Brandon Sanderson is one of my favorite authors. Several years ago, he was chosen to finish Robert Jordan’s Wheel of Time series. Now, I had been reading Wheel of Time for years so I had my doubts about this unknown guy finishing this epic series.
I shouldn’t have doubted. In my opinion, Brandon Sanderson is a better author than Robert Jordan. His Mistborn series is one of my favorite series now. I’m constantly amazed by the angles he takes in his books and the magic systems he invents.
That said, when I saw one of the books on the 2015 Reading Challenge was “A book from an author you love that you haven’t read yet” I knew I had to pick up one of Brandon Sanderson’s latest books. So I grabbed Steelheart.
Steelheart is a bit different than some of the other books I’ve read by Brandon Sanderson. Elantris, Mistborn, Warbreaker, and many of his others are generally more of the fantasy genre. Steelheart is a bit more sci-fi. I’m not a huge fan of reading sci-fi, so I wasn’t sure how I’d like this.
Well, Brandon Sanderson delivered again. I could hardly put the book down for the 24 hour period it took me to finish it. Not only was it brilliantly written, but it was funny. The main character, David, is constantly using metaphors. Very, very bad metaphors. I read a couple of them to my husband and could barely get through them because I was giggling so hard. Like “the sensation felt like an unbalanced washing machine filled with a hundred epileptic chimpanzees.”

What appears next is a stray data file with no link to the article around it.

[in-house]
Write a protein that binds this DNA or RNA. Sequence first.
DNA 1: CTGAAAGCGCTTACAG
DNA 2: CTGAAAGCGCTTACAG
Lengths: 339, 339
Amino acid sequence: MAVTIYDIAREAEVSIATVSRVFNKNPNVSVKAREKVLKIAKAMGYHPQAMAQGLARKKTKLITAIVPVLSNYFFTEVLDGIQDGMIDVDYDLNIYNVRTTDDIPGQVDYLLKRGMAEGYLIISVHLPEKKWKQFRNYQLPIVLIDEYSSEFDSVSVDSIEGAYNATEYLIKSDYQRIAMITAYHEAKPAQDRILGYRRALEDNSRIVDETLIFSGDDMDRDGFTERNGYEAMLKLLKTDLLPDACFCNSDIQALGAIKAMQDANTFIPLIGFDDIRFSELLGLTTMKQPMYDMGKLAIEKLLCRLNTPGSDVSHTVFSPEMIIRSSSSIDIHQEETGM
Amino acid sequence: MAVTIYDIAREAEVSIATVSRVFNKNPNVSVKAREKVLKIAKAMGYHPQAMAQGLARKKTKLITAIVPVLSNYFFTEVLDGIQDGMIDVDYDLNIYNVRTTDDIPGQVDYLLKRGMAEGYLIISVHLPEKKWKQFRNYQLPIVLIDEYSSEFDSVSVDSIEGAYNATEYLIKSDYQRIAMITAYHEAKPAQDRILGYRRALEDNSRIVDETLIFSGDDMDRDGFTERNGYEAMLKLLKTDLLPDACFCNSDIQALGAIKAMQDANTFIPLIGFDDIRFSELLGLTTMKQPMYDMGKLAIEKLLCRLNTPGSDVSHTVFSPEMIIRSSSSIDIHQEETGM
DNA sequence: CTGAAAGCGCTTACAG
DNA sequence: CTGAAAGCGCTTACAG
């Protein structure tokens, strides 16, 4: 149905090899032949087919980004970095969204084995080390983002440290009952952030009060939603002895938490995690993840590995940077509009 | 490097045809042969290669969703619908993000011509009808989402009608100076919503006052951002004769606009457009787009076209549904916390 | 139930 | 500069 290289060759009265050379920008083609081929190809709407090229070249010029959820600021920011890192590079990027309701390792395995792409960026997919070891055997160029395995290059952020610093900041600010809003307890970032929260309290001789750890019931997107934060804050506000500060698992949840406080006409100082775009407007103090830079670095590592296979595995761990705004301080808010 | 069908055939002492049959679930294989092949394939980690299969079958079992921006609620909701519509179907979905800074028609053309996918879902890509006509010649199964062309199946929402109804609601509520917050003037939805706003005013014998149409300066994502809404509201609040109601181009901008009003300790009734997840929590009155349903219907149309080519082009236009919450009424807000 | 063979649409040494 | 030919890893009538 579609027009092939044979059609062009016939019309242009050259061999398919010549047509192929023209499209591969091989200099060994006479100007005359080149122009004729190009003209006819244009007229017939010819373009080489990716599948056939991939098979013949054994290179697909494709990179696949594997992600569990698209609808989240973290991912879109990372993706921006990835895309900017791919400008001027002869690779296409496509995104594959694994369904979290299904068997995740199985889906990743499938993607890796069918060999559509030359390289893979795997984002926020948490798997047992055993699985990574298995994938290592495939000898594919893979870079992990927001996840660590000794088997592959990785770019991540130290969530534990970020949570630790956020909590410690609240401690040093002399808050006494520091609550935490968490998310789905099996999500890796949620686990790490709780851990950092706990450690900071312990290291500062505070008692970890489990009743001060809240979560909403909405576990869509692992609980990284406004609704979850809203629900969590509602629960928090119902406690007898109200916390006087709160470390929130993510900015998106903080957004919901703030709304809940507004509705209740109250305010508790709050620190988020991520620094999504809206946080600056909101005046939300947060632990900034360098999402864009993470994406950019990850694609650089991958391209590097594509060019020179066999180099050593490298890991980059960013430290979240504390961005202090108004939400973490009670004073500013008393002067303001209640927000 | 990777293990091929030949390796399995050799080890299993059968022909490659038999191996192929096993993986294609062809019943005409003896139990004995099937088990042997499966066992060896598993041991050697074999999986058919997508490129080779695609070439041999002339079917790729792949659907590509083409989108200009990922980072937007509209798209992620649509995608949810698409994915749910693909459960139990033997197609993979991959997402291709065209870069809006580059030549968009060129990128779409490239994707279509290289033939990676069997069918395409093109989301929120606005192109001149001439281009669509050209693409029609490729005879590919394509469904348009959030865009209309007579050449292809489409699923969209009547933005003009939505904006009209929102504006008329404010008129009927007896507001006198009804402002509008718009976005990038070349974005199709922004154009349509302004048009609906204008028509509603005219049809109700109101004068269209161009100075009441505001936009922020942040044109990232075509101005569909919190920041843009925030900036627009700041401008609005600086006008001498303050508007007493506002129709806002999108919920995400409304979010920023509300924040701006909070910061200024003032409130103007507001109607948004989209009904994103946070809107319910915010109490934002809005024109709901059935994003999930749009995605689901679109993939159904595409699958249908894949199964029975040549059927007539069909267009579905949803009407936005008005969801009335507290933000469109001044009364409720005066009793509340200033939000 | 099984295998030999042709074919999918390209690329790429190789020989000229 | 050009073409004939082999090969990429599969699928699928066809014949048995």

Heh, yeah, I’m still giggling over that one.
Anyway, Steelheart takes the saying “Absolute power corrupts absolutely” and applies it to superheros. What if all the superheros used their powers for their own gain? Or essentially, they all became supervillians.
All of them.
David sets out to join a resistance group that is taking out the Epics (as Sanderson has called them). He’s specifically out to kill Steelheart, who rules over what used to be Chicago. He’s seen Steelheart, who is bullet proof and practically invincible, bleed.
The interplay between the characters is fantastic. David is a quick thinker and a bit obsessed with killing Steelheart, but you sympathize with him and understand. And Cody is a hoot!
Once again, the ending caught me by surprise. Brandon Sanderson always pulls these brilliant endings out of his pocket that you didn’t expect. I thought I’d figured out the big key to Steelheart’s weakness right off the bat, but I was wrong. I figured out one specific thing about one specific character, but Sanderson slipped a couple more by me.
Lucky for me, the sequel is out already.
However, before I get to pick up Firefight, I have decided to tackle “A book that scares you.” I have chosen Bram Stoker’s Dracula.